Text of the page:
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Guinea-Bissau president assassinated

Military denies a coup and pledges to restore order after the killing of Joao Bernardo Vieira hours after the head of the joints chiefs of staff, Batiste Tagme na Waie was slain.

March 03, 2009|Robyn Dixon

JOHANNESBURG, SOUTH AFRICA — Military leaders in Guinea-Bissau pledged to restore order and democracy in the tiny West African nation Monday after the assassination of President Joao Bernardo Vieira by soldiers, just hours after the army chief was killed in a bombing.

Vieira and the head of the joint chiefs of staff, Gen. Batiste Tagme na Waie, were fierce rivals, and there was speculation that the president was killed to avenge Waie's death.

Military spokesman Zamora Induta said that Vieira's killing was not a military coup and that the army was searching for an isolated group of soldiers believed responsible. He said Vieira was killed as he tried to flee his house.

Waie was slain late Sunday at military headquarters.

African Union leaders and the Economic Community of West African States, a regional group, condemned the assassination. An AU statement described the attack on Vieira as "cowardly and heinous" and the regional group's spokesman, Mohamed ibn Chambas, called it the "assassination of democracy," according to Agence France-Presse news service.

As calm returned to Bissau, the capital, military leaders met with Prime Minister Carlos Gomes Jr.'s government.

"We reaffirmed our intention to respect the democratically elected power and the constitution of the republic," Induta, the military spokesman, said in a radio broadcast after the meeting. "The people who killed President Vieira have not been arrested but we are pursuing them. The situation is under control."

In the 35 years since Guinea-Bissau gained independence from Portugal, the West African nation has been destabilized by political rivalries, a civil war and coups.

Latin American drug traffickers routing cocaine through the country to Europe have added to the problems, with politicians and the military accusing one another of involvement in smuggling.

The country's open coastline, endemic corruption and lack of law and order make it an ideal transit point for narcotics. The United Nations Office on Drugs and Crime said last year that Guinea-Bissau was on the verge of becoming a narco-state.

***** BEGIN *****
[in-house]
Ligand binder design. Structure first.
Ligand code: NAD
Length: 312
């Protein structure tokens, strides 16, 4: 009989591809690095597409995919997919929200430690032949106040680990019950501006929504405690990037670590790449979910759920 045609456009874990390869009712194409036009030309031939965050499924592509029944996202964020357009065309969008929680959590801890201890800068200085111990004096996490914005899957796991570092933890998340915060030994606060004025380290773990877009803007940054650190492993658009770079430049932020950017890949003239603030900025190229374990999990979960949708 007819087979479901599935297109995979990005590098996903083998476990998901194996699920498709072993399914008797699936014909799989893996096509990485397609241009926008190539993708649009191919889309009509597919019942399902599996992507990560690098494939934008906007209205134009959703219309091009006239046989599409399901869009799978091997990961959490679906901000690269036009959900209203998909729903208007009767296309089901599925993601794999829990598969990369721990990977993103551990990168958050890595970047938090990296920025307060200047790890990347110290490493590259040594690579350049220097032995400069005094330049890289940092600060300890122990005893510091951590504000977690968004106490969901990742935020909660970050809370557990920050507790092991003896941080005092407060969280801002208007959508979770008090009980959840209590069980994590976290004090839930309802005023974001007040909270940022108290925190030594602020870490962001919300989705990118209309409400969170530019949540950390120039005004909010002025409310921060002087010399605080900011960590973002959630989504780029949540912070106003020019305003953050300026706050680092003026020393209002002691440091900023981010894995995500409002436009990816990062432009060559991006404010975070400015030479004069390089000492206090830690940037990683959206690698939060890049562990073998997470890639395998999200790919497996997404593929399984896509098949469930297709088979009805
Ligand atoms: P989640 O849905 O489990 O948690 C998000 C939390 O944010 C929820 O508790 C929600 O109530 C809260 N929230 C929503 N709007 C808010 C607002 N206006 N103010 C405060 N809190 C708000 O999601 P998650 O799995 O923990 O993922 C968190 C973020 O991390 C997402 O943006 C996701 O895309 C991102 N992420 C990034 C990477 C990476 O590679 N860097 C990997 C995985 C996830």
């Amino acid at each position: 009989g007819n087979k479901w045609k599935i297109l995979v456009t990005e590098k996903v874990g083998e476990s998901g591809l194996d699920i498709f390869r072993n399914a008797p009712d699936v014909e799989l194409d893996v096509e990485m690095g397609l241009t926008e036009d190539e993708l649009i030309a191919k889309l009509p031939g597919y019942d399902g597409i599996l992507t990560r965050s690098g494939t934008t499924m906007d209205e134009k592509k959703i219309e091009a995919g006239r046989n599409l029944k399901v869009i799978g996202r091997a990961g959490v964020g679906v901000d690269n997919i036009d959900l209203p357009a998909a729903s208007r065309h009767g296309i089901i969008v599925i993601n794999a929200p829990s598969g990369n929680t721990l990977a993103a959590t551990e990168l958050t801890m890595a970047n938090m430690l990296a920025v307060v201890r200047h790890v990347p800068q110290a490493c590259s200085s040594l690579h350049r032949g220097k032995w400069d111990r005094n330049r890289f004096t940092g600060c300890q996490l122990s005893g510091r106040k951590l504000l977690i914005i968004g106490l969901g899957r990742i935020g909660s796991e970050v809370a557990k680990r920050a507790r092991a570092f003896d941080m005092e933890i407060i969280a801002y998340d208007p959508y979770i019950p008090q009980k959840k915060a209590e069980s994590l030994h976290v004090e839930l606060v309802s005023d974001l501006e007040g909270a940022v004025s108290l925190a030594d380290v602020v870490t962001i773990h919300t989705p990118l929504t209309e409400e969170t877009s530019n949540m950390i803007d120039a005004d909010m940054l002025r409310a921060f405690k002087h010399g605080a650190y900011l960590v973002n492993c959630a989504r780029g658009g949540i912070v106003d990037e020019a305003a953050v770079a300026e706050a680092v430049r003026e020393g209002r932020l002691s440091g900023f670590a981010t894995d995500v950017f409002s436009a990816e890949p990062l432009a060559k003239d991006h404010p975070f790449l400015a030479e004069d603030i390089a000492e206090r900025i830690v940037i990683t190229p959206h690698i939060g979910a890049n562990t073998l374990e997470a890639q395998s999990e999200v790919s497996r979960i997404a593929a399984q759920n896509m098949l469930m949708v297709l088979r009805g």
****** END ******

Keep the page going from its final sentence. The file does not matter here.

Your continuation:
One of the poorest countries in Africa, Guinea-Bissau relies on foreign aid and cashew exports for income. Most of its 1.5 million population survives on less than a dollar a day. Its democratic institutions are weak or nonexistent.

A report by the International Crisis Group in January described Guinea-Bissau's institutions as feeble.

"Without a real commitment on the part of the ruling elite to end the intrigues and violence that are so damaging to the country's prospects, it will remain unstable and unable to cope with rampant corruption or change its status as a key drugs-transiting country," said Richard Moncrieff, the group's West Africa Project Director.

Vieira dominated Guinea-Bissau for 23 of the last 29 years. He was head of the armed forces when he seized power in 1980 in a coup, ushering in years of authoritarian rule during which opposition parties were suppressed. He won the country's first democratic elections in 1994, but his dismissal of the army chief in 1998 triggered an army mutiny and plunged the country into civil war. He was deposed in 1999 after 19 years in power.

In 2003, President Kumba Yala was deposed in a coup. Vieira returned from exile in Portugal to win presidential elections in 2005.

Under the constitution, the speaker of the parliament, Raimundo Perreira would take power and elections would be held within 60 days.

Tensions between Vieira's government and the military had been building. In November, soldiers armed with machine guns and grenade launchers attacked the presidential palace but were rebuffed by security forces.

Vieira had a 400-strong security force guarding him, but it was disbanded in January after accusations that it had attacked Waie's car in an assassination attempt.

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robyn.dixon@latimes.com

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